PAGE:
The warrant said Comparin's criminal history includes illegal use of credit cards and swindling.

(from KENS-5)

Nice old lady. Don't turn your back on her.

Monday, October 04, 2010

Collecting strangeness at the Alamo

They have a lot of weird things at the Alamo, but don't go thinking they'll accept just whatever you feel like donating. Even if they already have a bunch of cringe-worthy dolls.
A coconut from the Battle of San Juan Hill. A Bavarian candy jar. An Apollo 15 moon flag.

Those are things at the Alamo you might never see. The Texas shrine, which began celebrating the 175th anniversary of the war for Texas independence Saturday, has accumulated everything from the precious to the bizarre among its roughly 1,500 artifacts.

Most are listed, with an estimated value, in an inventory with the state comptroller's office. There's “David Crockett's wallet,” $400; “Santa Anna's cot and chest,” $500.

The collection also includes dolls dressed as Crockett and Jim Bowie that “probably were wonderful in the 1960s, but now look kind of creepy,” said Bruce Winders, Alamo historian and curator.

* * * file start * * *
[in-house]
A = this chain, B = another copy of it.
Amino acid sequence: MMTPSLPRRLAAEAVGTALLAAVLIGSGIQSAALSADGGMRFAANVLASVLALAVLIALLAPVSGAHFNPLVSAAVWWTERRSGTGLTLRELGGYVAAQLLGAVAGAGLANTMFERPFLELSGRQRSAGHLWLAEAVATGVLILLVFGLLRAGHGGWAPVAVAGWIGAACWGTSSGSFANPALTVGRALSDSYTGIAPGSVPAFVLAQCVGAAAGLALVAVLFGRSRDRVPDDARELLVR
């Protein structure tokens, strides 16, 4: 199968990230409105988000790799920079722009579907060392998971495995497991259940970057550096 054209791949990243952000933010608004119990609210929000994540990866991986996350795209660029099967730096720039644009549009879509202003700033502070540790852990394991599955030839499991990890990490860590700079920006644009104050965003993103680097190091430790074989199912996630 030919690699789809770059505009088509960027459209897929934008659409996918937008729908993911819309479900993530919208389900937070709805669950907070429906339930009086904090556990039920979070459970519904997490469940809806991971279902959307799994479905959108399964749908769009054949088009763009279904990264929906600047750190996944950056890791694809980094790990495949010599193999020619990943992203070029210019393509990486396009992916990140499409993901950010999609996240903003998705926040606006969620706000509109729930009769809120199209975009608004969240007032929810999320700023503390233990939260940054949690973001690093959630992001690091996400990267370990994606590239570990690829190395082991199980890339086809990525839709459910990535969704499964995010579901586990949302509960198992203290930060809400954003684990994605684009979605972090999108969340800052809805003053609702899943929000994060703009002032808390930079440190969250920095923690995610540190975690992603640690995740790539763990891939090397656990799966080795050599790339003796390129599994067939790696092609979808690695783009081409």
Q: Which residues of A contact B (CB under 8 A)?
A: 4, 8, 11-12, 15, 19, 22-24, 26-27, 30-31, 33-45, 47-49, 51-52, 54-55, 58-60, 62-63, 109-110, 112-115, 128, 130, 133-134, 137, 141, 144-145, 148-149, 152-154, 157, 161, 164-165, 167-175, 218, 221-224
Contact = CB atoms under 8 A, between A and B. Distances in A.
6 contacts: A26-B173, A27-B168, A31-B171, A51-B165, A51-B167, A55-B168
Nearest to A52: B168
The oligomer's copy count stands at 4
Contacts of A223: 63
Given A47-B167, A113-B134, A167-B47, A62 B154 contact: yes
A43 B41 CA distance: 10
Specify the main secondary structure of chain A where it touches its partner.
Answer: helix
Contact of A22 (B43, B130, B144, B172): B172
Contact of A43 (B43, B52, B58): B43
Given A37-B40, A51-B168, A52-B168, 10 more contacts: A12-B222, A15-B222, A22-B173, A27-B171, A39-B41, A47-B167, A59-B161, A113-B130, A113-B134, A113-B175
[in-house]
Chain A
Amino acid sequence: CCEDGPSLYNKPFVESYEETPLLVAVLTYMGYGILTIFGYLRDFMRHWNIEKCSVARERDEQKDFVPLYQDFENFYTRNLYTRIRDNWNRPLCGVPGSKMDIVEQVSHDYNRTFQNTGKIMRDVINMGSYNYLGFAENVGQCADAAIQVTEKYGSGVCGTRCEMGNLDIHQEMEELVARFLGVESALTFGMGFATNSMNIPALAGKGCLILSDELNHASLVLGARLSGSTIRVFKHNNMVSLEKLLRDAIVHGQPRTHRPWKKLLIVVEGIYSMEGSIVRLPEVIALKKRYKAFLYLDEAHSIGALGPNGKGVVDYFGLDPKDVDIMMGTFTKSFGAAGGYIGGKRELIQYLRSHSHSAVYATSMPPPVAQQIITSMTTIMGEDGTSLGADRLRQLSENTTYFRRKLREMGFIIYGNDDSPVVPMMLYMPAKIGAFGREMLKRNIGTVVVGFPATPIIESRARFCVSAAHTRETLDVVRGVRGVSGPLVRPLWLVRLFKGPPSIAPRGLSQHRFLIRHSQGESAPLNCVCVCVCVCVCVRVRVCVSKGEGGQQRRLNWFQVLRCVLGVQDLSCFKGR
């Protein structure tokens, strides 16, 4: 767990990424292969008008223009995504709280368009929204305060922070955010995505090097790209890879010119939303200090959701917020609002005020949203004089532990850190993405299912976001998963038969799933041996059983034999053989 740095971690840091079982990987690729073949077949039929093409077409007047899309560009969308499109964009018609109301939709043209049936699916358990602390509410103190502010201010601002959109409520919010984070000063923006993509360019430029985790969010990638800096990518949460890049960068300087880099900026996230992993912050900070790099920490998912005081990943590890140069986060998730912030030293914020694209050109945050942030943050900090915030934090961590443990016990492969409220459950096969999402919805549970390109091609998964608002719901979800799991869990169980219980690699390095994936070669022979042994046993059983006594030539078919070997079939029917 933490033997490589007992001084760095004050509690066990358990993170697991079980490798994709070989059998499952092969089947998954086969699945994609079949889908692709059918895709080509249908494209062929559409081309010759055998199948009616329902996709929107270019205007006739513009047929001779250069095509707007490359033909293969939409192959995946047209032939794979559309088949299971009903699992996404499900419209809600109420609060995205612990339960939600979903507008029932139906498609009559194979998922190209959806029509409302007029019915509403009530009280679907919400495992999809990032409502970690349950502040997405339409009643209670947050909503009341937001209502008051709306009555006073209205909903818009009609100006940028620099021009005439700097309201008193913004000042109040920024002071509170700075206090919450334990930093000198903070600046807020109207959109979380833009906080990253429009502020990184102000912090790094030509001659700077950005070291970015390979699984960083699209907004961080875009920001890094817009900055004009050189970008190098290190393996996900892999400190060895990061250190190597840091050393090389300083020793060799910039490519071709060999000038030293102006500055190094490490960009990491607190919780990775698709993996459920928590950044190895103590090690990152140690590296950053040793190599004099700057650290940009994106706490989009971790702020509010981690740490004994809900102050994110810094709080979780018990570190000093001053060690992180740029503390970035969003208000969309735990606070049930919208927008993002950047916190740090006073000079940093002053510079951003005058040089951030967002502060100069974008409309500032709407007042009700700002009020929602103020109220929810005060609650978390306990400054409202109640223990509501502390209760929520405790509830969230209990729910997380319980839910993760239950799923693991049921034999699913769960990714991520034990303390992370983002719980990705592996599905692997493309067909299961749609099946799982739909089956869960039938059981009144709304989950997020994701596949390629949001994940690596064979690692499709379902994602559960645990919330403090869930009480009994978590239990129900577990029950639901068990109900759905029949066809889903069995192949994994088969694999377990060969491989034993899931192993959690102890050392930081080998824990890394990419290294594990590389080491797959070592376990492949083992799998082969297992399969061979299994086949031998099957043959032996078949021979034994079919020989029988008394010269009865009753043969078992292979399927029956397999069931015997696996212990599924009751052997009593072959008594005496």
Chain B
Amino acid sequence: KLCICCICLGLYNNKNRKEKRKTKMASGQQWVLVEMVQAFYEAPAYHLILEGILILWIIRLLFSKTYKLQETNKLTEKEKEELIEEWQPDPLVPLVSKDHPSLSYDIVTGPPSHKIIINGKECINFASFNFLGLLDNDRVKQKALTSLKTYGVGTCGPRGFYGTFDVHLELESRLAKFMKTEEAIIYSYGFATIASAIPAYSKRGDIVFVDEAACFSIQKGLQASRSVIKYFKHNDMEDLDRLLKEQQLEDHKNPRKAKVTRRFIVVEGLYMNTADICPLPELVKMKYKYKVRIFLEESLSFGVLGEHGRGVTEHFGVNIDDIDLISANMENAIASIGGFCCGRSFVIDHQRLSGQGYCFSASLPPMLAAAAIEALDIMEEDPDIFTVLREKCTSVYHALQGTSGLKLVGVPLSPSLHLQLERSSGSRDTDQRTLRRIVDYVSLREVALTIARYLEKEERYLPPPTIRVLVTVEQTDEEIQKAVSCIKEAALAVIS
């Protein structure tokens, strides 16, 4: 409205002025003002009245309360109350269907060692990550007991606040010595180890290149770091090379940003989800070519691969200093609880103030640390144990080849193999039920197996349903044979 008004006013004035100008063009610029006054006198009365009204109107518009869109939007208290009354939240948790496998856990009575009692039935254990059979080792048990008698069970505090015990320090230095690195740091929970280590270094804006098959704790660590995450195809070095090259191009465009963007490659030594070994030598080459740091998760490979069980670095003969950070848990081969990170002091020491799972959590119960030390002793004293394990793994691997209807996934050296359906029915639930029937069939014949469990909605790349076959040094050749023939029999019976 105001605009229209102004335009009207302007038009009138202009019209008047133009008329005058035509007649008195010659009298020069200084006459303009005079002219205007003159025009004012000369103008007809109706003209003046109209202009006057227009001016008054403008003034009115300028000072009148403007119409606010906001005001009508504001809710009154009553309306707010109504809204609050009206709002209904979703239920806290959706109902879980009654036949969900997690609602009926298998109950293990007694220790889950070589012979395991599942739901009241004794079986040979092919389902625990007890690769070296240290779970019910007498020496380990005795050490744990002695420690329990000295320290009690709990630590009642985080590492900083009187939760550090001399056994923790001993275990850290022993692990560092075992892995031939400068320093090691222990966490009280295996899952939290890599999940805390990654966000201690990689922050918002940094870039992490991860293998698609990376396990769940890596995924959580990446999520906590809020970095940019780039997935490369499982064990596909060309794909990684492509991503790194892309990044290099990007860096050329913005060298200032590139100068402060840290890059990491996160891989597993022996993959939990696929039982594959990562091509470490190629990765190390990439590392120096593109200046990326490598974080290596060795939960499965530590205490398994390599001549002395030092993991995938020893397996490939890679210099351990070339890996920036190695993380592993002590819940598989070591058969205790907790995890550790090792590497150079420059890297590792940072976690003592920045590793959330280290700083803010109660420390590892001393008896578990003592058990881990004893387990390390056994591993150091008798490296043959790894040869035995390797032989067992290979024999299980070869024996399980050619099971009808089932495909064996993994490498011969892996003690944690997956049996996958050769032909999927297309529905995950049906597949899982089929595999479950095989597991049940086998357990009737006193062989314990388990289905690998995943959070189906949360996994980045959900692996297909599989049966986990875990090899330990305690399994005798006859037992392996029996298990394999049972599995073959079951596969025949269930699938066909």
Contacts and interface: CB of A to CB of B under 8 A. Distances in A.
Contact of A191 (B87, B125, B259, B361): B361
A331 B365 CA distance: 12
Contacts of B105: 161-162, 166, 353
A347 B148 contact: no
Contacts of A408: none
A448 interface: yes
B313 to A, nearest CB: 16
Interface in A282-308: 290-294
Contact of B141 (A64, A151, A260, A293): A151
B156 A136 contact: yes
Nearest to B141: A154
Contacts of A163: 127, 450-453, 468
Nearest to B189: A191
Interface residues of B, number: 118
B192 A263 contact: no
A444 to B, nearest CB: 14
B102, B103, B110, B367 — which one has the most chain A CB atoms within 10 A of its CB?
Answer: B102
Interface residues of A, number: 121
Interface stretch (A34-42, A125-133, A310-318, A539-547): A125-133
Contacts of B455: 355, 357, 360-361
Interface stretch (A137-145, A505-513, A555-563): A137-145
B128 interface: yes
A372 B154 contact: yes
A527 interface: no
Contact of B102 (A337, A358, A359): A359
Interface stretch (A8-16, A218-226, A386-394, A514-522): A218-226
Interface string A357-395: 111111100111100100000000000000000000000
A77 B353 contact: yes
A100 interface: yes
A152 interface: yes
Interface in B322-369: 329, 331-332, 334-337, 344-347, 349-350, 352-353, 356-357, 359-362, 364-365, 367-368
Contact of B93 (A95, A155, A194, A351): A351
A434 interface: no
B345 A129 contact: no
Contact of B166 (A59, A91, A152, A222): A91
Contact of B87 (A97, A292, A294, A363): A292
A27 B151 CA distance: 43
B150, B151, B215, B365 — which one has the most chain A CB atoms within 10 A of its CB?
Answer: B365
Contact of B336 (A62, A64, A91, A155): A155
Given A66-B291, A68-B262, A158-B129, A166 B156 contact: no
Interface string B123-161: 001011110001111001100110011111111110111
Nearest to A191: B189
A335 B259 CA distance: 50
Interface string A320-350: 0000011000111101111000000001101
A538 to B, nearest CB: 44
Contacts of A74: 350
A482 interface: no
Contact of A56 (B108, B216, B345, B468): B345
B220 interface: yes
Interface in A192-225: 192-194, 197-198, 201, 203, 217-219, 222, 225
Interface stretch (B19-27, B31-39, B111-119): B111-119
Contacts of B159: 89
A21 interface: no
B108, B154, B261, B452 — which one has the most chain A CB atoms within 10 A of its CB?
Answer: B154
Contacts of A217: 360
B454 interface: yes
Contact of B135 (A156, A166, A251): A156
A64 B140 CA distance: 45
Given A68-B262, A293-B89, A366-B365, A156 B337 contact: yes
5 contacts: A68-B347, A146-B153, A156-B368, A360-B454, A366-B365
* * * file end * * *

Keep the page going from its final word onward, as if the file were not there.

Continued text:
...

But for decades, collectors, families and veterans of every conflict from the Civil War to War World War I have wanted items kept for posterity at the Alamo, even if they had no historical link to the site.

“People were giving things to the Alamo even before the D[aughters of the] R[epublic of] T[exas] came” in 1905, Winders said.

That's one reason he can't explain why there's a two-handed Chinese fighting sword at the Alamo.

...

The Alamo collection is good hands today, Winders said. The Alamo, which charges no admission, hired a designer and museum specialists, and ordered display cases from Germany, in 2005 to create a “professional and modern look” in the Long Barrack, he said. Winders hopes to add similar displays in the chapel and sales museum.